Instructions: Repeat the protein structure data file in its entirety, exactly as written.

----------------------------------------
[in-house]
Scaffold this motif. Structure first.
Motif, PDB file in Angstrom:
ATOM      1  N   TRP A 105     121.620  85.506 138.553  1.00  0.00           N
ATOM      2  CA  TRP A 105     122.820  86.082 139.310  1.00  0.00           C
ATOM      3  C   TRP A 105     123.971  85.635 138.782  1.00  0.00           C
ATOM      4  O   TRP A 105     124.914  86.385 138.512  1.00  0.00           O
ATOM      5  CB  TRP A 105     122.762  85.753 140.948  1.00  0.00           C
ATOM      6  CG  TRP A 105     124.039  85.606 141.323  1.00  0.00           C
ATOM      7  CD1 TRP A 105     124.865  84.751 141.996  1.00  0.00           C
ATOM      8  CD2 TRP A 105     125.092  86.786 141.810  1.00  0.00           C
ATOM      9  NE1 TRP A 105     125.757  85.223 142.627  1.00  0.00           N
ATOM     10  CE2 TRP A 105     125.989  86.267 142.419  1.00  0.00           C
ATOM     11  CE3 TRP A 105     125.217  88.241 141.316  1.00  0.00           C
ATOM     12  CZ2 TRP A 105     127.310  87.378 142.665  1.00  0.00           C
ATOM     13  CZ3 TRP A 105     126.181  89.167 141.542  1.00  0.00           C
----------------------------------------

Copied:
[in-house]
Scaffold this motif. Structure first.
Motif, PDB file in Angstrom:
ATOM      1  N   TRP A 105     121.620  85.506 138.553  1.00  0.00           N
ATOM      2  CA  TRP A 105     122.820  86.082 139.310  1.00  0.00           C
ATOM      3  C   TRP A 105     123.971  85.635 138.782  1.00  0.00           C
ATOM      4  O   TRP A 105     124.914  86.385 138.512  1.00  0.00           O
ATOM      5  CB  TRP A 105     122.762  85.753 140.948  1.00  0.00           C
ATOM      6  CG  TRP A 105     124.039  85.606 141.323  1.00  0.00           C
ATOM      7  CD1 TRP A 105     124.865  84.751 141.996  1.00  0.00           C
ATOM      8  CD2 TRP A 105     125.092  86.786 141.810  1.00  0.00           C
ATOM      9  NE1 TRP A 105     125.757  85.223 142.627  1.00  0.00           N
ATOM     10  CE2 TRP A 105     125.989  86.267 142.419  1.00  0.00           C
ATOM     11  CE3 TRP A 105     125.217  88.241 141.316  1.00  0.00           C
ATOM     12  CZ2 TRP A 105     127.310  87.378 142.665  1.00  0.00           C
ATOM     13  CZ3 TRP A 105     126.181  89.167 141.542  1.00  0.00           C